This weekend, Sound Opinions will air its show-length tribute to the artist that Greg Kot and I consider one of the most important in rock history, and whose music arguably has meant more to us than any other: Lou Reed, who died on Oct. 27 at the age of 71.
Even for those of us who were lucky enough to meet and interview Reed several times, many questions linger about what the man was really like. For some insights into the man and the artist in the days following his death, I turned to several musicians who were privileged to work on some of Reed’s best solo albums.
Jane Scarpantoni is without a doubt the most celebrated cellist in rock history—her staggering list of credits includes 10,000 Maniacs, the Beastie Boys, Ben Folds Five, Helmet, the Indigo Girls, R.E.M., Bob Mould, Bruce Springsteen, and many, many others. Jane and I have been friends since the mid-’80s when she was playing in her first rock band, the psychedelic-pop group Tiny Lights, and I was writing about the scene at Maxwell’s in Hoboken, N.J. for Jersey Beat and other local fanzines.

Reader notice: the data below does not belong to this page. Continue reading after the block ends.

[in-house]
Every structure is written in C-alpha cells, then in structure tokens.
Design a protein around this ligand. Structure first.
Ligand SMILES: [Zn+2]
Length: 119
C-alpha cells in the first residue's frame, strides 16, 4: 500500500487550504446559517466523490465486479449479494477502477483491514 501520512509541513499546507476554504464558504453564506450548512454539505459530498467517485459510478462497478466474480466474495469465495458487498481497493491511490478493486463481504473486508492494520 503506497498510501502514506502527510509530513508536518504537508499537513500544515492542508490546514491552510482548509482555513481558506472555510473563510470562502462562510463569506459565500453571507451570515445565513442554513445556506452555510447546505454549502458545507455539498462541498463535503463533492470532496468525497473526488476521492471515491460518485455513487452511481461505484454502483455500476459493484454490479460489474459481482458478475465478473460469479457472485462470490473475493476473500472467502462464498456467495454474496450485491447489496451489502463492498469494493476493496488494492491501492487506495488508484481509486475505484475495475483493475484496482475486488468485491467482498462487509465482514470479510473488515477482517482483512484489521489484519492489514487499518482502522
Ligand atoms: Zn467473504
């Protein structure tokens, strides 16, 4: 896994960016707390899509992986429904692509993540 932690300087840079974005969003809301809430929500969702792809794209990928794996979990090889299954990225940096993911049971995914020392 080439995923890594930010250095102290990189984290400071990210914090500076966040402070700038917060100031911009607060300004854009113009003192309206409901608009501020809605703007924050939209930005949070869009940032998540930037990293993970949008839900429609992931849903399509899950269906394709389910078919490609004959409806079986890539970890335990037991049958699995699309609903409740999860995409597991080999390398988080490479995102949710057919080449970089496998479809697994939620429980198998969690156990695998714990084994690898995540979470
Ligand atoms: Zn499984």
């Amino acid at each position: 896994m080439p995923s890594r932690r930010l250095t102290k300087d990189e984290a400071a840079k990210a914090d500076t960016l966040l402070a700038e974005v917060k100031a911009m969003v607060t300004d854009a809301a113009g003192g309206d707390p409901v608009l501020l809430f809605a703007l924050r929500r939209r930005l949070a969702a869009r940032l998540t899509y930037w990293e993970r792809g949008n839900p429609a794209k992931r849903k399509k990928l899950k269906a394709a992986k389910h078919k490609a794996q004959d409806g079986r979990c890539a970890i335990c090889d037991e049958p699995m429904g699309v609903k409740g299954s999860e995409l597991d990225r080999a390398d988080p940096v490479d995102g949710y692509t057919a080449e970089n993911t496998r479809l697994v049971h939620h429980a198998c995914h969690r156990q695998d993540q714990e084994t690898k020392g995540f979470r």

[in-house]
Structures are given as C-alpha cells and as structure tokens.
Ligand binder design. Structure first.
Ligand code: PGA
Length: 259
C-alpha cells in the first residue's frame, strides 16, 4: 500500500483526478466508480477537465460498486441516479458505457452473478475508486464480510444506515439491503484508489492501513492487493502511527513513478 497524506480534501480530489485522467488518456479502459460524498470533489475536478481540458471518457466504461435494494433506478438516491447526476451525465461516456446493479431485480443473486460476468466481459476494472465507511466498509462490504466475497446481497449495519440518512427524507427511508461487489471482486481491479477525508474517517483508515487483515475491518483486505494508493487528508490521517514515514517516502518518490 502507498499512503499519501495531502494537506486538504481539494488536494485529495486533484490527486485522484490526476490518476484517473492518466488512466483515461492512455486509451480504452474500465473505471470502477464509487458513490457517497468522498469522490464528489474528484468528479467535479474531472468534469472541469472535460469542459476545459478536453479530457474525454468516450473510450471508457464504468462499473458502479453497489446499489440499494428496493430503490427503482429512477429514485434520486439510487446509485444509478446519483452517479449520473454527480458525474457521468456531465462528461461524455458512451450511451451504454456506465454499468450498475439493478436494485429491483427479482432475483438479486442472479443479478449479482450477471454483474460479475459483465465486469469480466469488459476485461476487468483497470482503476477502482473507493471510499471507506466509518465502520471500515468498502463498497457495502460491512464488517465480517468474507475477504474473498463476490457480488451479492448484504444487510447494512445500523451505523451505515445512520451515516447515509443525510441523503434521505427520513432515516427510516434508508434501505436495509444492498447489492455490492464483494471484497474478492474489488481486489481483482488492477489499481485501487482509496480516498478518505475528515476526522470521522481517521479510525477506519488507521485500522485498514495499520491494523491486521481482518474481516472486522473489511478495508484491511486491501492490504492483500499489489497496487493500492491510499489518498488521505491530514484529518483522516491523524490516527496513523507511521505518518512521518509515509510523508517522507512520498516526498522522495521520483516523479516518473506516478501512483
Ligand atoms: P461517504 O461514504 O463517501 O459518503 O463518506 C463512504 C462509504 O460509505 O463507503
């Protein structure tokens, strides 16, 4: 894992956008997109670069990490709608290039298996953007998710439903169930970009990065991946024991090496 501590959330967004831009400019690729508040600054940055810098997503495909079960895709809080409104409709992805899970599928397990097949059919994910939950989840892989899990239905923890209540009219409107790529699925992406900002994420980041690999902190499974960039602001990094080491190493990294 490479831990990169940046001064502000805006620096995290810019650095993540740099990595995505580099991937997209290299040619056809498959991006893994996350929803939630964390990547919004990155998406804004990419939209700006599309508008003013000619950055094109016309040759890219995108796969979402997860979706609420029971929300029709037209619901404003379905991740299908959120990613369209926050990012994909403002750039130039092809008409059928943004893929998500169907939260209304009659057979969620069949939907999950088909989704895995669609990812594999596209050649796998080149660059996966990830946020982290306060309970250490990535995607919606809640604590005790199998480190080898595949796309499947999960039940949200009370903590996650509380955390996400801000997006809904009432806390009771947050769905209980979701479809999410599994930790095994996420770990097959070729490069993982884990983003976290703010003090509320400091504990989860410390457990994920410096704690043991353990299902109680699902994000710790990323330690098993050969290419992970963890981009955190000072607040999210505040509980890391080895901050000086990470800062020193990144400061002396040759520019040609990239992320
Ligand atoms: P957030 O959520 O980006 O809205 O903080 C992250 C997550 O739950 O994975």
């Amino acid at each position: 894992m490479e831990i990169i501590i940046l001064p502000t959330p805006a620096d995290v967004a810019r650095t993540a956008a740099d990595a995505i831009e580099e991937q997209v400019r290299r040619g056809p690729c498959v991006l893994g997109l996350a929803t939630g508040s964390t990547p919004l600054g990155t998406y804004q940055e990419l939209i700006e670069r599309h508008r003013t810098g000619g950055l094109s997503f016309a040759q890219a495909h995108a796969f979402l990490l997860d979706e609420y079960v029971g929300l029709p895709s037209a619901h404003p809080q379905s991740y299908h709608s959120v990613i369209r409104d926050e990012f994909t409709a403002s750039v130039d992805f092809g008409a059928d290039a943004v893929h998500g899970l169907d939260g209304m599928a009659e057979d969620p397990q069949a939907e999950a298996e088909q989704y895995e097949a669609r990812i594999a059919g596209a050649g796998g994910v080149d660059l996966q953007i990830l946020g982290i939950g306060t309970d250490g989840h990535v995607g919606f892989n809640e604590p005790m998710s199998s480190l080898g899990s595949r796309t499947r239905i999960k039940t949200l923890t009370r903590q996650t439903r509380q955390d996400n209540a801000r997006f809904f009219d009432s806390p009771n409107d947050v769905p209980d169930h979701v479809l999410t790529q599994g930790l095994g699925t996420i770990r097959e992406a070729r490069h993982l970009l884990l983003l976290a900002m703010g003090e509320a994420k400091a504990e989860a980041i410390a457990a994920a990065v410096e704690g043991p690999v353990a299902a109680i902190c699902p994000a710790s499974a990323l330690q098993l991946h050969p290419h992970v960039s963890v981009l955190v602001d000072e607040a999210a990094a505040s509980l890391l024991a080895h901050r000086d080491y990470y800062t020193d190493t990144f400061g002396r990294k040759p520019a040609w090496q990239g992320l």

We weren’t able to include Jane’s stories about touring and recording with Reed on Sound Opinions, but I thought our interview was worth sharing for the insights it provides into one of her heroes. I’m also posting two video clips of Jane onstage with Reed performing “Burning Embers” from The Raven in 2005 and the Velvets classic “Venus in Furs” along with bassist Fernando Saunders, guitarist Mike Rathke, and drummer Tony Smith.
(Special thanks to Sound Opinions producer Robin Linn for arranging and organizing this interview, and to Andrew Gill for helping posting the audio. Also visit soundopinions.org to read my long historical essay and critical overview of Reed’s greatest band, which I wrote for the 2009 book I edited for Voyageur Press, The Velvet Underground: An Illustrated History of a Walk on the Wild Side. And follow me on Twitter
@JimDeRogatis or join me on Facebook.)